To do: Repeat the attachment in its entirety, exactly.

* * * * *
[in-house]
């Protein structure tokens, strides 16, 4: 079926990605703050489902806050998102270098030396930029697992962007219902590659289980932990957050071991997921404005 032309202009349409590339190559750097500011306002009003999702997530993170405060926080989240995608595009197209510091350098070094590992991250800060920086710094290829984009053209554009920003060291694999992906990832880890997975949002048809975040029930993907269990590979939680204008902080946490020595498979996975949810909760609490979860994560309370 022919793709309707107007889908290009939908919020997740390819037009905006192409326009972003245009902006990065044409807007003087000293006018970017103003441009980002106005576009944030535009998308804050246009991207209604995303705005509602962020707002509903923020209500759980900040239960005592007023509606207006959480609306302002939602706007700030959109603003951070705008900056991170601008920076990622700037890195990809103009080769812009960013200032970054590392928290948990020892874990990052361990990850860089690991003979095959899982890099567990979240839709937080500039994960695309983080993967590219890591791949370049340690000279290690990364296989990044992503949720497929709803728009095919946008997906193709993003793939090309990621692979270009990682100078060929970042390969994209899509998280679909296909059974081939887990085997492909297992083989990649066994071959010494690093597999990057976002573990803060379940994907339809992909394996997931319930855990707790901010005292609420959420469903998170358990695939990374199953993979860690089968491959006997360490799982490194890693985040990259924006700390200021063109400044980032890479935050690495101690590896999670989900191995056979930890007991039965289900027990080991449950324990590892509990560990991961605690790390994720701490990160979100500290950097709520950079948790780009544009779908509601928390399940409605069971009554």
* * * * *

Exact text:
[in-house]
């Protein structure tokens, strides 16, 4: 079926990605703050489902806050998102270098030396930029697992962007219902590659289980932990957050071991997921404005 032309202009349409590339190559750097500011306002009003999702997530993170405060926080989240995608595009197209510091350098070094590992991250800060920086710094290829984009053209554009920003060291694999992906990832880890997975949002048809975040029930993907269990590979939680204008902080946490020595498979996975949810909760609490979860994560309370 022919793709309707107007889908290009939908919020997740390819037009905006192409326009972003245009902006990065044409807007003087000293006018970017103003441009980002106005576009944030535009998308804050246009991207209604995303705005509602962020707002509903923020209500759980900040239960005592007023509606207006959480609306302002939602706007700030959109603003951070705008900056991170601008920076990622700037890195990809103009080769812009960013200032970054590392928290948990020892874990990052361990990850860089690991003979095959899982890099567990979240839709937080500039994960695309983080993967590219890591791949370049340690000279290690990364296989990044992503949720497929709803728009095919946008997906193709993003793939090309990621692979270009990682100078060929970042390969994209899509998280679909296909059974081939887990085997492909297992083989990649066994071959010494690093597999990057976002573990803060379940994907339809992909394996997931319930855990707790901010005292609420959420469903998170358990695939990374199953993979860690089968491959006997360490799982490194890693985040990259924006700390200021063109400044980032890479935050690495101690590896999670989900191995056979930890007991039965289900027990080991449950324990590892509990560990991961605690790390994720701490990160979100500290950097709520950079948790780009544009779908509601928390399940409605069971009554």